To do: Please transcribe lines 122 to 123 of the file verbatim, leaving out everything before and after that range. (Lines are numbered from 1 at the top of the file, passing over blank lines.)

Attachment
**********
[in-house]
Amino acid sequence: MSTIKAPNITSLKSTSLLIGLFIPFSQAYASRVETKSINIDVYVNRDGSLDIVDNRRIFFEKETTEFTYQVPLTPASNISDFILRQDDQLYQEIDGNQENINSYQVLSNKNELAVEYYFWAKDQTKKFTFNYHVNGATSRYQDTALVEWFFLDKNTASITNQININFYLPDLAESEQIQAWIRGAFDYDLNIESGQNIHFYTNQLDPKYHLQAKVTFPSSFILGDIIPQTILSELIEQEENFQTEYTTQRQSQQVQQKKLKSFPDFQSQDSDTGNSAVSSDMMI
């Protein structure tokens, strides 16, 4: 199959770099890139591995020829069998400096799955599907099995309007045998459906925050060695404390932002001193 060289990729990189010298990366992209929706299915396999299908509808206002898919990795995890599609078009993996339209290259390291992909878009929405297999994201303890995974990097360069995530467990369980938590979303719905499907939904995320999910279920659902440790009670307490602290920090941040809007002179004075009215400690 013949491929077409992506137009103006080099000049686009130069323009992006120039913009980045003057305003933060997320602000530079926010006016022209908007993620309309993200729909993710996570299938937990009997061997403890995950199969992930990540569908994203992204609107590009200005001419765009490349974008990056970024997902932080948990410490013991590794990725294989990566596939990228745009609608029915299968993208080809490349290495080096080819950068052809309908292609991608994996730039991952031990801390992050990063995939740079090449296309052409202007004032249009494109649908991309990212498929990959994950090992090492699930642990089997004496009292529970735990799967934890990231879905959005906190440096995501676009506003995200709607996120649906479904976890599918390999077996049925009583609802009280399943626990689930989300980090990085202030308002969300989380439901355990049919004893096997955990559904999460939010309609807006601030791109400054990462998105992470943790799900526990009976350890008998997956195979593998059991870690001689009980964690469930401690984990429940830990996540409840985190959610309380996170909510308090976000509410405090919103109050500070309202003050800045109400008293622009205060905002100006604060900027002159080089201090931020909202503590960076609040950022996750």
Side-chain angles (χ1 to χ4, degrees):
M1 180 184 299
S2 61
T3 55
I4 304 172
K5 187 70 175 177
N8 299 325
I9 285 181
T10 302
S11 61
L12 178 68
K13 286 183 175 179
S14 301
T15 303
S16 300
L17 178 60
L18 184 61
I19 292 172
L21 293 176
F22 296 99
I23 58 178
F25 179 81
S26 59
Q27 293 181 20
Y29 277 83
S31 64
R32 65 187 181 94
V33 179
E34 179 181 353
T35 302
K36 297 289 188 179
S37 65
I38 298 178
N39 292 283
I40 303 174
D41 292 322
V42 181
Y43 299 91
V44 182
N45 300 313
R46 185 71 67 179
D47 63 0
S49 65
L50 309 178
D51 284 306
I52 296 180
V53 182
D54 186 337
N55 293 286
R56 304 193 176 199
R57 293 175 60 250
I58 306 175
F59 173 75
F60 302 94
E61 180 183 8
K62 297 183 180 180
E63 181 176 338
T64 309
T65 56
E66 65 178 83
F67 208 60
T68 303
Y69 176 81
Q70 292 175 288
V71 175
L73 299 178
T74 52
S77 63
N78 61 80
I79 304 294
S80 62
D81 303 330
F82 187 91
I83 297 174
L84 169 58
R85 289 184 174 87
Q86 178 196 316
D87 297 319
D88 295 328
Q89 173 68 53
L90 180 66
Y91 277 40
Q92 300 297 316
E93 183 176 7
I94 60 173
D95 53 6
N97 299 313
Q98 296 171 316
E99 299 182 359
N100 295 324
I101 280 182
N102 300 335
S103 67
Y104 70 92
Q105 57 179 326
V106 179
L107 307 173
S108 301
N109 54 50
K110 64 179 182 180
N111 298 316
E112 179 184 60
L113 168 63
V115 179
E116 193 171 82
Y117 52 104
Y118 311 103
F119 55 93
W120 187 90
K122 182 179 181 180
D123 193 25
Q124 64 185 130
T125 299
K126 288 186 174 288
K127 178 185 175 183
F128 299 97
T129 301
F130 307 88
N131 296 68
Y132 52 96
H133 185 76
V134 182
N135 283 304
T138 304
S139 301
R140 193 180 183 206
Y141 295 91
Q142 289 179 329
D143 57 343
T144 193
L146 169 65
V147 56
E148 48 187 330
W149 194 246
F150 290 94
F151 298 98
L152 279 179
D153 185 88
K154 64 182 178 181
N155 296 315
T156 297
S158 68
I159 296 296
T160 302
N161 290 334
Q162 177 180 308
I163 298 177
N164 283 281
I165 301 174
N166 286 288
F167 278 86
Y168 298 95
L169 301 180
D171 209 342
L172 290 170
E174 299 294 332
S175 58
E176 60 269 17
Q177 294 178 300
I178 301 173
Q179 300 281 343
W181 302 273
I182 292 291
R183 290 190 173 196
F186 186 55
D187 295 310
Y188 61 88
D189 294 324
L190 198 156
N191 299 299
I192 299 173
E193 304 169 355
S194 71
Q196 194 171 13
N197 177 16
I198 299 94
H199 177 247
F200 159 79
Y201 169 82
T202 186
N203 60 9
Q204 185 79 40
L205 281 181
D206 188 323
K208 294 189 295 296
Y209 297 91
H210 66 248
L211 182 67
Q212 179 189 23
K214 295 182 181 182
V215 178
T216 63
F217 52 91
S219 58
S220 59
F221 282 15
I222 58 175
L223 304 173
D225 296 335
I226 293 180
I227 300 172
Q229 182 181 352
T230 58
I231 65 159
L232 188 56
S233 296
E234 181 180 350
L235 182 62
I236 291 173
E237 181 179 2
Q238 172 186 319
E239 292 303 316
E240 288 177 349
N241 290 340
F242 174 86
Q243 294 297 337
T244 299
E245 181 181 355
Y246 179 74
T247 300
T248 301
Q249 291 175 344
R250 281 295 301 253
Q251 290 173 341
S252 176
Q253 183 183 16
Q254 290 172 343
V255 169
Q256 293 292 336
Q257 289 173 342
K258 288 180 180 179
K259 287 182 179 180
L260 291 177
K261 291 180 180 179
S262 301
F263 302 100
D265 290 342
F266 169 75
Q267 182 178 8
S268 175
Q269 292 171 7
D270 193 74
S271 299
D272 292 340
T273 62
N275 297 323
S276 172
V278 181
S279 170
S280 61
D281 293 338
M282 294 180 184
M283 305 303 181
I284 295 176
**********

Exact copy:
N131 296 68
Y132 52 96